The Flagship: An ‘Officer of the Watch’ Briefing
Briefing: Friday 7, January 2022
Domestic Quick Items of Interest
· Food Shortages Due to Omicron. Later in the brief, we have an article about global food prices (they are higher as you might expect). But there are countries facing global food shortages because workers can’t physically get products on the shelves. Just a walk through a local grocery store in the United States bears this out. Omicron infections are surging and although vaccinated people are not getting very sick with it, millions are being knocked out of commission while they quarantine for a period of time in the days following their infection. As a result, store shelves are showing the stress and are emptying, even though products are available – they just can’t make it to the shelves.
· Oil Prices Touch $80/Barrel. West Texas Intermediate touched $80 a barrel today briefly, it was trading at about $79 at the time of writing today’s brief. Brent North Sea crude had inched up to $82 on the Kazakh situation as Chris has written about later in today’s brief. There was also an incident in Libya that further strained the outlook for global oil production. The US dollar has also dipped just a bit, and that will always help boost oil prices slightly. Global reductions in travel and mobility because of the fast-spreading Omicron variant has hit the demand side of the equation, otherwise a combination of geopolitical disruptions and other factors would likely have oil prices higher than they are.
· US Services Sector Drops in December. COVID did a number on the US services sector in December. Both Markit and ISM PMI readings for the services sector in December showed them dropping (Markit fell from 58.0 to 57.6 in December. That was marginal, but the ISM data showed if falling by more than 7 points. One of the important items that we watch is the inventory sentiment figures. Companies generally are still “feeling” like they were sitting light at the end of December. That’s critical when it comes to forecasting growth in Q1, especially across the manufacturing sector where demand will remain strong. Inflationary pressures remained historically high across both studies as we would expect. One bit of good news is that supplier deliveries appear to have slightly improved over the month, suggesting that some of the supply chain congestion is starting to improve a bit.
· Stanford Study Says Flexibility Key to Retention. A Stanford study says that the US worker and employers are headed for a conflict. Workers want job flexibility and the ability to work from home and employers are more and more realizing that they need to get people back around them and work on culture. The Stanford data showed that workers valued flexible work schedules to the degree that they would take that over a 10% hike in wages. The current national commercial office occupancy rate averaged just 30% in December, the return to the office is very slow in recovering back to pre-pandemic levels.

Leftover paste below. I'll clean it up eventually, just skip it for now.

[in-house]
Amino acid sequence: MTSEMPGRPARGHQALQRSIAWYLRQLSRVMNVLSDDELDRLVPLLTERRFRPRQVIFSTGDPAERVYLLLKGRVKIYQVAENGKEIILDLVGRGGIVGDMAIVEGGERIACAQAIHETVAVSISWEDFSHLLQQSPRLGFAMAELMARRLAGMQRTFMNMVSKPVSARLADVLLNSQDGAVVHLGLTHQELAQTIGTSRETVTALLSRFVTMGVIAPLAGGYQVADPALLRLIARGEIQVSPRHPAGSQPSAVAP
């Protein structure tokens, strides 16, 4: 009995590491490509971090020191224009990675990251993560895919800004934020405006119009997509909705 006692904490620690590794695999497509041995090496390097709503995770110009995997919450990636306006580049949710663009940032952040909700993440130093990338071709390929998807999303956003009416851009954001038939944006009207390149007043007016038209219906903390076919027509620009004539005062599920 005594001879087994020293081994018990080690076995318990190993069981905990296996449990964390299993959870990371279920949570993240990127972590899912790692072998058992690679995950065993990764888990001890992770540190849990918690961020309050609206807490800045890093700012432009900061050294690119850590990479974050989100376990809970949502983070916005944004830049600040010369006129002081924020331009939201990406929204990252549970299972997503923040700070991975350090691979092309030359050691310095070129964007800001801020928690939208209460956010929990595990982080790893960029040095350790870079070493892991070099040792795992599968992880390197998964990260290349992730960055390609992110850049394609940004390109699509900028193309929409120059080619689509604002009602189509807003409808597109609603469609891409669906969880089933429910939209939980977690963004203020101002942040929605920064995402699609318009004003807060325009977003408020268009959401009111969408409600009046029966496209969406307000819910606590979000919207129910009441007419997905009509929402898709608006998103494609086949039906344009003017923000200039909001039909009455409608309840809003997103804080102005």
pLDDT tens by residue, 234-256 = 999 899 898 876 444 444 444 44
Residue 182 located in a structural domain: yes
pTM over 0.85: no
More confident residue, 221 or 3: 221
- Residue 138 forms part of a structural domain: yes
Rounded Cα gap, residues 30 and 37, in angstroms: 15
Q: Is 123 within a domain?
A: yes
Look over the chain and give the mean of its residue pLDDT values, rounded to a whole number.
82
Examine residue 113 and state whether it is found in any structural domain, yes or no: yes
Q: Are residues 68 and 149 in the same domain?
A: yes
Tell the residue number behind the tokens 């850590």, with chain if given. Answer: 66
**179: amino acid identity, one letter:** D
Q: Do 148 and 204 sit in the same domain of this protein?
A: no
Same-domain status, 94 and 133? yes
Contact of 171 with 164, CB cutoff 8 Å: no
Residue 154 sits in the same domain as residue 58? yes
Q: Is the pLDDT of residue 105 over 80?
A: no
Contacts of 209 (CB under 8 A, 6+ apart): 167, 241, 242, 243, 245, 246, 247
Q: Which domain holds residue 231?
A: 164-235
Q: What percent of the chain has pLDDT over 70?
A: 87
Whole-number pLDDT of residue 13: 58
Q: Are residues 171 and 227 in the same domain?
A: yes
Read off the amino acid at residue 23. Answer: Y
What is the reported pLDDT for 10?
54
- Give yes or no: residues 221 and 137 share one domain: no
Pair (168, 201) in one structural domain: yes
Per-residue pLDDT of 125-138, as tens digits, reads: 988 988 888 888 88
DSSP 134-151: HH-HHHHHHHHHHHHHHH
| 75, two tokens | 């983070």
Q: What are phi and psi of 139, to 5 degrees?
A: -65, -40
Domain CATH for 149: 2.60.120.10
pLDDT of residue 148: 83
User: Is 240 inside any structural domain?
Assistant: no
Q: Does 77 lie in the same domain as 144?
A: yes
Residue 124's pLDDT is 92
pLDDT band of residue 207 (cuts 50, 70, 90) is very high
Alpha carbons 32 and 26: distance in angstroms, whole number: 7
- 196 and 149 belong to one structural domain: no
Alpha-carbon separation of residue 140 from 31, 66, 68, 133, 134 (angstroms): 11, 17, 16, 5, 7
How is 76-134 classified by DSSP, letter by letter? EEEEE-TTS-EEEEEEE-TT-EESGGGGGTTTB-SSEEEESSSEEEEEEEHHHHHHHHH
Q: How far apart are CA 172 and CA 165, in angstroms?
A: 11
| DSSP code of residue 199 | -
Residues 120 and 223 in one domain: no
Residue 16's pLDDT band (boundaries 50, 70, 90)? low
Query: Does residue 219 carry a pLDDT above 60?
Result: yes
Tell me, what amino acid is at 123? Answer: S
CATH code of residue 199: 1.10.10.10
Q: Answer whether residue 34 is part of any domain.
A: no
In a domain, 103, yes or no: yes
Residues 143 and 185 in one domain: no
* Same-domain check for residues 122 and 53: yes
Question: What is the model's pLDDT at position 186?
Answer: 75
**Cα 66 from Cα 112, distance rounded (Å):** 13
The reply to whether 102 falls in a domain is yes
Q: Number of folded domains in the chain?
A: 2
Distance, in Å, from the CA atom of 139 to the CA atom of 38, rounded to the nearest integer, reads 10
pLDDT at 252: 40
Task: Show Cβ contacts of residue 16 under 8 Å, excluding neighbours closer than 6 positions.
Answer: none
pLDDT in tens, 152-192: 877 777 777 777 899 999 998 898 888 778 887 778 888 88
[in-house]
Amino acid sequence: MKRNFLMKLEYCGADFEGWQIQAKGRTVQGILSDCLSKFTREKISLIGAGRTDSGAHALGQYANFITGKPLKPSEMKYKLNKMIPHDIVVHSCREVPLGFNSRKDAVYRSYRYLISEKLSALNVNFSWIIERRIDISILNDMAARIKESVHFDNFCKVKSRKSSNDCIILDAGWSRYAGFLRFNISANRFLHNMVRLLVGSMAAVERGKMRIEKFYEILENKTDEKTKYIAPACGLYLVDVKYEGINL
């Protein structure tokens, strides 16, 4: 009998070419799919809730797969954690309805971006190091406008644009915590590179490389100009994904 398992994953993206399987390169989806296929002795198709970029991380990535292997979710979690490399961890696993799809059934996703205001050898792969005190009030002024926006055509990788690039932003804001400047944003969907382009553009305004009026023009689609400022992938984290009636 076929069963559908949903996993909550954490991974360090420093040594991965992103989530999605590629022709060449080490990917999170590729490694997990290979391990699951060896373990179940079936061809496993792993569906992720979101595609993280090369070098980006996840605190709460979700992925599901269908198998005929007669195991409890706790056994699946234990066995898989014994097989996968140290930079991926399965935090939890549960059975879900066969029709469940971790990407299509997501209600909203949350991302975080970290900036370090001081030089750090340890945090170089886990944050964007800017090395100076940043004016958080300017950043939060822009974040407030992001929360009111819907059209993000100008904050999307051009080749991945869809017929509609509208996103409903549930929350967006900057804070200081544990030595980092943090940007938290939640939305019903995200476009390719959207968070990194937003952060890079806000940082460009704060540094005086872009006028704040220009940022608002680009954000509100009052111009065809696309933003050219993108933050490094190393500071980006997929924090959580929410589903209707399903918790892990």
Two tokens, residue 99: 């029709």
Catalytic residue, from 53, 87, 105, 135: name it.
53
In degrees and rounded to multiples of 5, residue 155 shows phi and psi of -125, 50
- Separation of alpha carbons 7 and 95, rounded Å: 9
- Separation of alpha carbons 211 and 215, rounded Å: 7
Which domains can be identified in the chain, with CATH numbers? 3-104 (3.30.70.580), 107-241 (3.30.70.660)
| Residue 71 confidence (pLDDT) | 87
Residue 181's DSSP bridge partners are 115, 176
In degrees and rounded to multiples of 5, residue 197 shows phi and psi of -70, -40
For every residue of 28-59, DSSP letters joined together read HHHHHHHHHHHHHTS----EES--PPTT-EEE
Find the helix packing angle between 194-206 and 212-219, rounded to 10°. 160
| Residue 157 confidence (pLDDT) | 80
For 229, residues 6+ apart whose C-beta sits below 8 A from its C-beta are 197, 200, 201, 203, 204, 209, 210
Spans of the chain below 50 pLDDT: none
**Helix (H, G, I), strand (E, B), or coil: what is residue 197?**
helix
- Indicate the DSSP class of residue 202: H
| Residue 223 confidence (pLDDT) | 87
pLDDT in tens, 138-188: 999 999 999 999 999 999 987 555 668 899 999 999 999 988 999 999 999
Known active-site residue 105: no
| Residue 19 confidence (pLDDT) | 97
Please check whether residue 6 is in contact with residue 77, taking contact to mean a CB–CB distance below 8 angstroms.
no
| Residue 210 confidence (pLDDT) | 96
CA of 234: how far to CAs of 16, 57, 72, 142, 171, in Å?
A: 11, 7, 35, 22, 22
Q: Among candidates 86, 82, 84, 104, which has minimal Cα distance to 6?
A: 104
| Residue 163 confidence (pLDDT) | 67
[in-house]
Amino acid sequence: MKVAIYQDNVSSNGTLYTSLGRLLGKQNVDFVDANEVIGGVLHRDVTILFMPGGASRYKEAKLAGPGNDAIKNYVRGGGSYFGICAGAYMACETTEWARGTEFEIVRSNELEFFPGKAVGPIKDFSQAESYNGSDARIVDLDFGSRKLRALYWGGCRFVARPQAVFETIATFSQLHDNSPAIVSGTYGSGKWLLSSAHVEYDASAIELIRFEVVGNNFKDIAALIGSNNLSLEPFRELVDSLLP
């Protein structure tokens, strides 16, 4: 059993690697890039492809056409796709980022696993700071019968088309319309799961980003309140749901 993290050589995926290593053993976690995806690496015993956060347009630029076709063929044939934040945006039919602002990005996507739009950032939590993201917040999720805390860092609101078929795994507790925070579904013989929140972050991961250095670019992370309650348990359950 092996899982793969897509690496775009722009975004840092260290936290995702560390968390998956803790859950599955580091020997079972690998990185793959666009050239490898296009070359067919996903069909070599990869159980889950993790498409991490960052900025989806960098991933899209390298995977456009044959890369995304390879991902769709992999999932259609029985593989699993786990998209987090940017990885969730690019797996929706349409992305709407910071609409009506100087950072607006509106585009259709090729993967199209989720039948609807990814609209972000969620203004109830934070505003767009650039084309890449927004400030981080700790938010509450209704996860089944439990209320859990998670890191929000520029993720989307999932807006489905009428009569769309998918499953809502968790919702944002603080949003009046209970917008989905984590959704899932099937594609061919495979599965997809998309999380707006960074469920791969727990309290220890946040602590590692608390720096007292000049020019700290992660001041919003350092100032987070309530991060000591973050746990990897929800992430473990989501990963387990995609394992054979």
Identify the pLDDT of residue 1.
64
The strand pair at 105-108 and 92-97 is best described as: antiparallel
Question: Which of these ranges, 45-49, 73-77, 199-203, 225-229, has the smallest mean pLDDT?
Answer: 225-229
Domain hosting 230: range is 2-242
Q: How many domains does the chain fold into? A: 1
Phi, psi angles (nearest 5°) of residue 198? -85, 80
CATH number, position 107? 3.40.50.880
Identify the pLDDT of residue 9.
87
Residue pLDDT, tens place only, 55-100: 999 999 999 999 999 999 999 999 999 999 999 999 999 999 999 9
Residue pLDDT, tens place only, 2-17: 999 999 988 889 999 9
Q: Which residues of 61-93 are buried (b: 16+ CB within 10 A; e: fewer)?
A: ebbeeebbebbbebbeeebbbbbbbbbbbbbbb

Global Quick Items of Interest
· German Government Promises Aid – The natural gas stand-off continues and the German government is now promising aid to those that have been hammered by the 471% hike in the price of gas. There are millions of Germans that are now being forced to choose between heating their homes and buying food or other necessities. The plan calls for both direct payments as well as money to the utilities so they can extend service. Energy prices are 18.3% higher than they were a year ago and the expenditure is expected to be significant. The inflation issue has not been limited to fuel as prices in Germany have soared for the same reason they have increased in the US and elsewhere. The Bundesbank still wants to cope with inflation through higher interest rates but that conflicts with the need to bail people and businesses out of this energy jam.
· Russian Troops Enter Kazakhstan – Add another layer of oil sector uncertainty as the embattled President of Kazakhstan has requested assistance from Russia in putting down protests. There have already been several people killed by police and military as the troops have moved in, to squash demonstrations. The protests started under the old regime and led to the resignation of Nursultan Nazerbayev but have intensified under his successor. The oil markets are worried about this development as Kazakhstan is a significant oil producer feeding into the larger Russian system. The expectation is that the protests will be ended violently but actions by workers may continue, and the oil sector is expected to be one where strikes and shutdowns will occur.
· UK Faces “Cost of Living” Catastrophe – This has been the warning from critics of the UK government in the last few weeks. The assertion is that consumers will be facing a whole series of significant price hikes in the coming months and there is very little that can be done to soften the blow in the short term. The most significant factor has been the 50% increase in heating bills and that is expected to rise even further as colder weather arrives. This comes on top of higher taxes and higher prices for national insurance. The topper is general inflation that has been triggered by everything from supply chain disruption to jumps in a host of commodity categories. The threat is that millions of Britons will be facing dire financial stress and thus far there has not been a plan developed that would ease the situation anytime soon.